Climate Change and Resilience
The effects of climate change are being felt across every region of the world with severe consequences for people, nature and livelihoods. LUCSUS research aims to tackle these changes by identifying strategies for mitigation, adaptation and resilience, and explores multiple drivers and impacts of climate change. Our research also focuses on individual, collective, and political action to address climate change.
We focus on the societal dimension of climate change, exploring questions relating to whom is affected, where, how, and at what scale? What political and individual actions are needed to reduce emissions, and who is responsible? We study topics such as mitigation, adaptation, negative emissions, loss and damage, migration, social movements and collective action. We address these issues from the perspectives of governance, vulnerability, intersectionality, and justice/equity.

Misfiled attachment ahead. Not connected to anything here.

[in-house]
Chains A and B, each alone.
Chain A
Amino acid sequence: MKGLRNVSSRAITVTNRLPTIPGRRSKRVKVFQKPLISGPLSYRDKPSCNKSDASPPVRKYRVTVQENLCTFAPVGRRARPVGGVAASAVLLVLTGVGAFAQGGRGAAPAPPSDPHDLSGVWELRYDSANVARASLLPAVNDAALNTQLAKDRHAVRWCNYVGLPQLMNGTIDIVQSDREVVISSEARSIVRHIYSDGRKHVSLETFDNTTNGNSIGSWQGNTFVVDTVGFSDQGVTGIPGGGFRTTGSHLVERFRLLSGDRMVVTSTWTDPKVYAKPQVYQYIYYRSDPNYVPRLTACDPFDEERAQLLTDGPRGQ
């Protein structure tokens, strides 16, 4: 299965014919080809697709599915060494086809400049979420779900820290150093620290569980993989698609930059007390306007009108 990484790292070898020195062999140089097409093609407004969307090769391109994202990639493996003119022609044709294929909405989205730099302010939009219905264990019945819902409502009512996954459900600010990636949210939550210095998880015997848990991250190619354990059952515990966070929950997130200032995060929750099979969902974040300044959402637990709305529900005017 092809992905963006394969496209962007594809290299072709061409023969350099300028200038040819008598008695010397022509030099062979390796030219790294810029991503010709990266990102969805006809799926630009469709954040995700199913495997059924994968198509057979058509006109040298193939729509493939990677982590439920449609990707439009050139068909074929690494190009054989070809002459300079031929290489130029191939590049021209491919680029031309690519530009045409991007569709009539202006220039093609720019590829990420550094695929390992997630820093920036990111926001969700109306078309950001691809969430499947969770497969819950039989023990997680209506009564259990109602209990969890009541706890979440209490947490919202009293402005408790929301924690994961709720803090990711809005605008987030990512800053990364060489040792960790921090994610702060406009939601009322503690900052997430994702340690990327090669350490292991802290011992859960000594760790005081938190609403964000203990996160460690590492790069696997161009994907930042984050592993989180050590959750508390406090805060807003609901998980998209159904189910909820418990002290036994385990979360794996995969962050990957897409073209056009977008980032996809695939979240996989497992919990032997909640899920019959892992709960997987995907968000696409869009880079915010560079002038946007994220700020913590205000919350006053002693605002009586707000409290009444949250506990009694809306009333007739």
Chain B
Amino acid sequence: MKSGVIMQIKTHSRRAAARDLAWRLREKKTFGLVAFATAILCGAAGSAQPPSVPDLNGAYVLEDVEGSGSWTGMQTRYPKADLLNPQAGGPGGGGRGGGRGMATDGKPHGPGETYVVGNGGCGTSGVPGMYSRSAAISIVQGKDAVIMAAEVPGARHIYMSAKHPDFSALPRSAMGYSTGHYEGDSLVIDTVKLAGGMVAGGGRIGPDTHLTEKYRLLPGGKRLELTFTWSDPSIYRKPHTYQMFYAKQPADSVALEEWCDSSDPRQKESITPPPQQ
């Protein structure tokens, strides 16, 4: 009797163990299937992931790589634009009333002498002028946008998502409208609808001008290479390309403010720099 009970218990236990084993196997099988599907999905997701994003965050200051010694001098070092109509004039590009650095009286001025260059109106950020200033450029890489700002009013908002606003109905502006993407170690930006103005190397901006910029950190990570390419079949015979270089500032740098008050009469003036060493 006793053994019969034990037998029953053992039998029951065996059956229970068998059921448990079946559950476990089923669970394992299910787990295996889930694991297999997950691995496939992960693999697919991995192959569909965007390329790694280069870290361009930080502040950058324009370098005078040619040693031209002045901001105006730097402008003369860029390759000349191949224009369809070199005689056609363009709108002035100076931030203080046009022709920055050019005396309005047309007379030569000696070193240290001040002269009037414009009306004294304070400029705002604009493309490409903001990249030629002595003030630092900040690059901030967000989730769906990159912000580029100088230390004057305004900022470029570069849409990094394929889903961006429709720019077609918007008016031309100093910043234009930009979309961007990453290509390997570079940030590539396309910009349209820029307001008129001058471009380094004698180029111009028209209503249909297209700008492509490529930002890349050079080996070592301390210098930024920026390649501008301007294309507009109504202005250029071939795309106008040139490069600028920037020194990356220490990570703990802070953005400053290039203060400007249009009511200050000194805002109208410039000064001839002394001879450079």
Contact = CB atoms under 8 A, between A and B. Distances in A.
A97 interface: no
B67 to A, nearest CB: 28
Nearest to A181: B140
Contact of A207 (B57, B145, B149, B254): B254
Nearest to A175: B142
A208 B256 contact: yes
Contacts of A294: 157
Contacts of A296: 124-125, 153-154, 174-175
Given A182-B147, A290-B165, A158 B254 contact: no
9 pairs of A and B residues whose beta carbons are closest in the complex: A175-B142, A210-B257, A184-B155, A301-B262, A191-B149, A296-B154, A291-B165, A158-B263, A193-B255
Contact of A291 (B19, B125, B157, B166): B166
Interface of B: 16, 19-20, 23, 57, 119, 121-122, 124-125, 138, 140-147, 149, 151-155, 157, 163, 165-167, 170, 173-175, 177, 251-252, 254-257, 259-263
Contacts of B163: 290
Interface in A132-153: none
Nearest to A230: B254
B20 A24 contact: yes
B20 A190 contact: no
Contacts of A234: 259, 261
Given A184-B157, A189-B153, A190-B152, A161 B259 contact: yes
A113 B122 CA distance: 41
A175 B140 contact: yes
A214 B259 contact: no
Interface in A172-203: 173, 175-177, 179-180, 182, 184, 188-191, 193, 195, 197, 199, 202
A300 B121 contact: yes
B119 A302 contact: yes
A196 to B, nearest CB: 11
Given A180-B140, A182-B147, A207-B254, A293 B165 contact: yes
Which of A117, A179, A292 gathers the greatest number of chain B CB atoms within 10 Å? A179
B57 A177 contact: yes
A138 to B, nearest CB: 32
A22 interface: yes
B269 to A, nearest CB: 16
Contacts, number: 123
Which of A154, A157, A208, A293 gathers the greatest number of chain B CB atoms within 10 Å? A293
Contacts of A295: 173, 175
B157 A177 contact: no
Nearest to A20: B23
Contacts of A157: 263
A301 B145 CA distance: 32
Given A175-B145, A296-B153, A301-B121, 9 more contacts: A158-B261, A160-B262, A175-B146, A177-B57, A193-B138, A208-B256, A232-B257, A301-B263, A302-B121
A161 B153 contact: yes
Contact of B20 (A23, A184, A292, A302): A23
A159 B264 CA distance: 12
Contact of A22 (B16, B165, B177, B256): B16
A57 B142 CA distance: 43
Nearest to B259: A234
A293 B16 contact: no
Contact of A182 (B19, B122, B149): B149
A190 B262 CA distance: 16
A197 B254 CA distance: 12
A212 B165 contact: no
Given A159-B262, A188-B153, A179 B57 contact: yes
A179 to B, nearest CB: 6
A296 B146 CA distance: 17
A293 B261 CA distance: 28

We also explore pathways for sustainable transformations, and new emerging areas related to inner dimensions of sustainability, including values, beliefs, worldviews and inner capacities.
Keywords: Climate change impacts, mitigation, adaptation, loss and damage, climate action, negative emissions, carbon dioxide removal, inner transformations, migration, social movements, climate governance, degrowth, political ecology, extreme weather events, disaster risk reduction.
Email: emily [dot] boyd [at] lucsus [dot] lu [dot] se
What are negative emission technologies?
Negative carbon emissions explained by Wim Carton
The four lifestyle choices that most reduce your carbon footprint
Interview with Kimberly Nicholas
What is loss and damage?
A short explainer of loss and damage
Sea level rise urgently requires new forms of decision making
Interview with Chad Boda
How to be a Change Maker: Inner Development Goals
What skills and qualities are needed to achieve the Sustainable Development Goals by 2030? Sarah EmonD and Christine Wamsler guides you through the framework of Inner Development Goals.
What is the future of social movements?
Interview with Mine Islar